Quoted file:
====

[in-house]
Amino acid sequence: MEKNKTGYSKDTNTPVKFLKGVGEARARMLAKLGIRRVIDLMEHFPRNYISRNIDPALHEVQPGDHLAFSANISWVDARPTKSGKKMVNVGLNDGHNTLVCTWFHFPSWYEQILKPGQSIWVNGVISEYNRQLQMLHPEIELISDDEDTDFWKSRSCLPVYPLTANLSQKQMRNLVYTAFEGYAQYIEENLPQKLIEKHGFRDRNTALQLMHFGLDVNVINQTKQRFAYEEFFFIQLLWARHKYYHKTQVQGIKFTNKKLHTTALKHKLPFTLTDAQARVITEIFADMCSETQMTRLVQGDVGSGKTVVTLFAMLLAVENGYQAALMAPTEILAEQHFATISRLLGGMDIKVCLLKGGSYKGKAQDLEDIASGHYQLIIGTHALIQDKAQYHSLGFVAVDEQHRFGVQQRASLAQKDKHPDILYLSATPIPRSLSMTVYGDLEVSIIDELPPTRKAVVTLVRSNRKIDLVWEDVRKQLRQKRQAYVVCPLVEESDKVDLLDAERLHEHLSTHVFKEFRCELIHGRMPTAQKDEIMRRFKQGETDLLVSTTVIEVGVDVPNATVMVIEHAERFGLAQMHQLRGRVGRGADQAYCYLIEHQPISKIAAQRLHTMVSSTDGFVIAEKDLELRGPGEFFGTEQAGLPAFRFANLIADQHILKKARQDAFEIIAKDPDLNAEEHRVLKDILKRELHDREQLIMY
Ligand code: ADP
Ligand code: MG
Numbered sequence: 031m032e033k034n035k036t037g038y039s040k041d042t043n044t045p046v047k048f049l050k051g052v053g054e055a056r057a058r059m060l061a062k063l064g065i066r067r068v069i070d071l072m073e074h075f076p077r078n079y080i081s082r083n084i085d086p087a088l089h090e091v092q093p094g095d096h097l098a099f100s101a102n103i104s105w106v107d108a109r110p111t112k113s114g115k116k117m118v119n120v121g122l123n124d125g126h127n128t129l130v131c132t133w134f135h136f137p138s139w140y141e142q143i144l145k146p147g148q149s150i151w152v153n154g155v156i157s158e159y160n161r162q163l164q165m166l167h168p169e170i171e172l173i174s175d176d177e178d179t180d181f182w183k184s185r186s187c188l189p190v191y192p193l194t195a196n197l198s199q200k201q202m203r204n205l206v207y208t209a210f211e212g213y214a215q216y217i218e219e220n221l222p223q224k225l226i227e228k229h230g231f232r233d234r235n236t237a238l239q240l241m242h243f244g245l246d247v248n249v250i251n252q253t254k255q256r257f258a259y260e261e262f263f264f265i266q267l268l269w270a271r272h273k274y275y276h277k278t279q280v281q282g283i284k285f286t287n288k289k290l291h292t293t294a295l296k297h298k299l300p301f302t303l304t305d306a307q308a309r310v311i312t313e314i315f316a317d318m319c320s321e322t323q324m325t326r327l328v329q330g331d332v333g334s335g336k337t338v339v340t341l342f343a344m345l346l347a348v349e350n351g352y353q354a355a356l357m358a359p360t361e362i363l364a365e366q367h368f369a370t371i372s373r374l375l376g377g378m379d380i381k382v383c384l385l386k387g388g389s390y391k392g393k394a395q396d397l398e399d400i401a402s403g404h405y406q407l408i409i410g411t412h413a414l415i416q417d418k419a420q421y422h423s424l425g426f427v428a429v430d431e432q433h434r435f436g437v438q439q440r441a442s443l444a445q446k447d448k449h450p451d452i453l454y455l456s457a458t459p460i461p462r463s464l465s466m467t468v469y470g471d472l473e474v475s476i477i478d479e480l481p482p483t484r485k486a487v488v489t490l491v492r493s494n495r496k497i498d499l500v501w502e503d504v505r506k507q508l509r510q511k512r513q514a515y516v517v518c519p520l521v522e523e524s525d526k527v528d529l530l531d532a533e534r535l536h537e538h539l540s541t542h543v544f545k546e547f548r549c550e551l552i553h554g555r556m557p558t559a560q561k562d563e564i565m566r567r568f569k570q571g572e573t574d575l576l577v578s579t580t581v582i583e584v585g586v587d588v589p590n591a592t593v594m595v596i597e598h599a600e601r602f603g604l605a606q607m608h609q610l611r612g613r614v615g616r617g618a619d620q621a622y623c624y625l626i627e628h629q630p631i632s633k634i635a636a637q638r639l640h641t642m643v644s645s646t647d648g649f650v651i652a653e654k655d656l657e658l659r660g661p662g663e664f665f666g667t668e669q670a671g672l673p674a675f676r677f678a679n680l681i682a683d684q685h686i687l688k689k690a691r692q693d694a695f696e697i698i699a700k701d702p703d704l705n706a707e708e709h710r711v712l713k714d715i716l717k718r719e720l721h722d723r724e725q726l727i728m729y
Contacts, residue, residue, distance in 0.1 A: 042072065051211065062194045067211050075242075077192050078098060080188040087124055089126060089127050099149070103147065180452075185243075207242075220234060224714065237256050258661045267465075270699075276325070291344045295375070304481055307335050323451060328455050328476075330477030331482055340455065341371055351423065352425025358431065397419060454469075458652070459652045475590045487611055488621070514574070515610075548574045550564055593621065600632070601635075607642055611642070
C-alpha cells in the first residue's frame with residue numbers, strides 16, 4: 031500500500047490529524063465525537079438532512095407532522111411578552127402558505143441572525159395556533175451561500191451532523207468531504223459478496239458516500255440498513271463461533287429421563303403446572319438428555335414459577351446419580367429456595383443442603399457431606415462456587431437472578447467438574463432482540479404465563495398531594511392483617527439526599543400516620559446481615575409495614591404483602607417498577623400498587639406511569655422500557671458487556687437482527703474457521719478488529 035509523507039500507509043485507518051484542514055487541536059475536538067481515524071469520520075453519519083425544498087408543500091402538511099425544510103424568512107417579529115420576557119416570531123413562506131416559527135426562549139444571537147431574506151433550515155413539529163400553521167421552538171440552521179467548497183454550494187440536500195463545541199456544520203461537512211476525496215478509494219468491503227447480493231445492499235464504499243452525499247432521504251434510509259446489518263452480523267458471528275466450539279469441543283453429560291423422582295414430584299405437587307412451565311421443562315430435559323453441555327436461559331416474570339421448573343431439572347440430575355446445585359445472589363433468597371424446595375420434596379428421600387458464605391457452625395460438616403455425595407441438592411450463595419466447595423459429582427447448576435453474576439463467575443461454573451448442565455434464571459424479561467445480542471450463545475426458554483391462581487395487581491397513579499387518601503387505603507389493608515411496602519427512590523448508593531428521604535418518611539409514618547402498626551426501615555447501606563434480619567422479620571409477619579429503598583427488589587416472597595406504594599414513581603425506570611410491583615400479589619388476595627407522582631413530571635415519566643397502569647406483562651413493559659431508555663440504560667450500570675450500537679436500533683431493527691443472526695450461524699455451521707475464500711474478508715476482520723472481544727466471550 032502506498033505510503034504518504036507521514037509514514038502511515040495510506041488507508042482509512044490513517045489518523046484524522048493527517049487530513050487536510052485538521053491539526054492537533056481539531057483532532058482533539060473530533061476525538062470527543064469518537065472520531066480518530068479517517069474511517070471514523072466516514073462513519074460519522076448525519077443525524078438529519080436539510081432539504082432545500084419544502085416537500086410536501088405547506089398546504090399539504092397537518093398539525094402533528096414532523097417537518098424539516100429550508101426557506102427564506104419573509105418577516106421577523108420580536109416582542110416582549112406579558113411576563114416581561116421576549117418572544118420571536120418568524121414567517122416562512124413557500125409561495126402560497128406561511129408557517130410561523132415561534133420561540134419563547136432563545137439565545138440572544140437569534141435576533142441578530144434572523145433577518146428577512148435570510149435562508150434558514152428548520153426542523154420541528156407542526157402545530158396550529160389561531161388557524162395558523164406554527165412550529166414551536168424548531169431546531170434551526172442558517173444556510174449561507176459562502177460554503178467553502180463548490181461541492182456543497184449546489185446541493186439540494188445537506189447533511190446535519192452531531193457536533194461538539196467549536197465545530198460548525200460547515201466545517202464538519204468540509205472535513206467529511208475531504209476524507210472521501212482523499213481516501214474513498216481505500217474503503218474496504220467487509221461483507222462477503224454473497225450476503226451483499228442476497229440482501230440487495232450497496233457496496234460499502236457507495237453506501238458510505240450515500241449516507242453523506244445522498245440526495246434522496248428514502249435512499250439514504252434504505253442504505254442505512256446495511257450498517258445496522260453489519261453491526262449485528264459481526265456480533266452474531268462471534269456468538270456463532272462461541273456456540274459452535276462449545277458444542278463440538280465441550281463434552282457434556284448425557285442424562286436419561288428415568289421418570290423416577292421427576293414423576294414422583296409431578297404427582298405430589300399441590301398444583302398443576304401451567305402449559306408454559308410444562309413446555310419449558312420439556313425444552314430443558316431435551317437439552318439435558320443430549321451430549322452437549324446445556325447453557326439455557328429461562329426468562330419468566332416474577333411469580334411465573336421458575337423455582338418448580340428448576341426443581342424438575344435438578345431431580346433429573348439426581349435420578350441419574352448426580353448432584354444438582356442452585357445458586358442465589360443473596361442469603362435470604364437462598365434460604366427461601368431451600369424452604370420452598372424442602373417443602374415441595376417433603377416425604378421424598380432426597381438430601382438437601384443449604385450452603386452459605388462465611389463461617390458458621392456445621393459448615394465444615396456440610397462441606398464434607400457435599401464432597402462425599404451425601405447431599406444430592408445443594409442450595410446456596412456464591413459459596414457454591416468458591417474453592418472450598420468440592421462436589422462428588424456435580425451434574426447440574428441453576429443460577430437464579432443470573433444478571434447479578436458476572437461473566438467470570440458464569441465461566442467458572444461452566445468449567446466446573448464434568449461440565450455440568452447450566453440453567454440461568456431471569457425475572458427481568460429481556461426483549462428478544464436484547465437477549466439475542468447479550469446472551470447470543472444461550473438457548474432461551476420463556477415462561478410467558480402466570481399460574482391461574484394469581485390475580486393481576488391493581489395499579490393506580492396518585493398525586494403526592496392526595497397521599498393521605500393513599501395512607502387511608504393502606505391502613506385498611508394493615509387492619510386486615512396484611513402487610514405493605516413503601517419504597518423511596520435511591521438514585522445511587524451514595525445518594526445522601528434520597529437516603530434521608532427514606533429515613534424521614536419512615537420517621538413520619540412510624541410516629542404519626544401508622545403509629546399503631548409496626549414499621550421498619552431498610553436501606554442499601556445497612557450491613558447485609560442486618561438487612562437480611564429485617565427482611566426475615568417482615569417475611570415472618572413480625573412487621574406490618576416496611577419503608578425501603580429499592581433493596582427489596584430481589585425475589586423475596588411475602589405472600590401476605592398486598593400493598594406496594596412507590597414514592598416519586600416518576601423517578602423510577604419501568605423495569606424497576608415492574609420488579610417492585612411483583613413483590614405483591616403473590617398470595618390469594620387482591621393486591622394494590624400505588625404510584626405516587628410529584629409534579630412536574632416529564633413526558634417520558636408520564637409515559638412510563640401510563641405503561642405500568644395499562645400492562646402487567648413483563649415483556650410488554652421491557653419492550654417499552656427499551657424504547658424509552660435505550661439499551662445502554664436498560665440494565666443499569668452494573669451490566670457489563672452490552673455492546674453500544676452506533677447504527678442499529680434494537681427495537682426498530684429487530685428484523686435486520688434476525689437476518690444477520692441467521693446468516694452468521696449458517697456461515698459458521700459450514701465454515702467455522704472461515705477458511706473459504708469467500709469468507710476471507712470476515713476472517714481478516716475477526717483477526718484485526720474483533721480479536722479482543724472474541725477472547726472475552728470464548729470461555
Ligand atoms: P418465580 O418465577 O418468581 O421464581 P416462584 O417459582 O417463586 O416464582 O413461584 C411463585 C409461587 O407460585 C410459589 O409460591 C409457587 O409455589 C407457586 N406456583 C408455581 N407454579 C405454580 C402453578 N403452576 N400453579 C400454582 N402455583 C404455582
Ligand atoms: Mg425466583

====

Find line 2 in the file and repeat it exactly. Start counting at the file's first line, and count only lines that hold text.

Amino acid sequence: MEKNKTGYSKDTNTPVKFLKGVGEARARMLAKLGIRRVIDLMEHFPRNYISRNIDPALHEVQPGDHLAFSANISWVDARPTKSGKKMVNVGLNDGHNTLVCTWFHFPSWYEQILKPGQSIWVNGVISEYNRQLQMLHPEIELISDDEDTDFWKSRSCLPVYPLTANLSQKQMRNLVYTAFEGYAQYIEENLPQKLIEKHGFRDRNTALQLMHFGLDVNVINQTKQRFAYEEFFFIQLLWARHKYYHKTQVQGIKFTNKKLHTTALKHKLPFTLTDAQARVITEIFADMCSETQMTRLVQGDVGSGKTVVTLFAMLLAVENGYQAALMAPTEILAEQHFATISRLLGGMDIKVCLLKGGSYKGKAQDLEDIASGHYQLIIGTHALIQDKAQYHSLGFVAVDEQHRFGVQQRASLAQKDKHPDILYLSATPIPRSLSMTVYGDLEVSIIDELPPTRKAVVTLVRSNRKIDLVWEDVRKQLRQKRQAYVVCPLVEESDKVDLLDAERLHEHLSTHVFKEFRCELIHGRMPTAQKDEIMRRFKQGETDLLVSTTVIEVGVDVPNATVMVIEHAERFGLAQMHQLRGRVGRGADQAYCYLIEHQPISKIAAQRLHTMVSSTDGFVIAEKDLELRGPGEFFGTEQAGLPAFRFANLIADQHILKKARQDAFEIIAKDPDLNAEEHRVLKDILKRELHDREQLIMY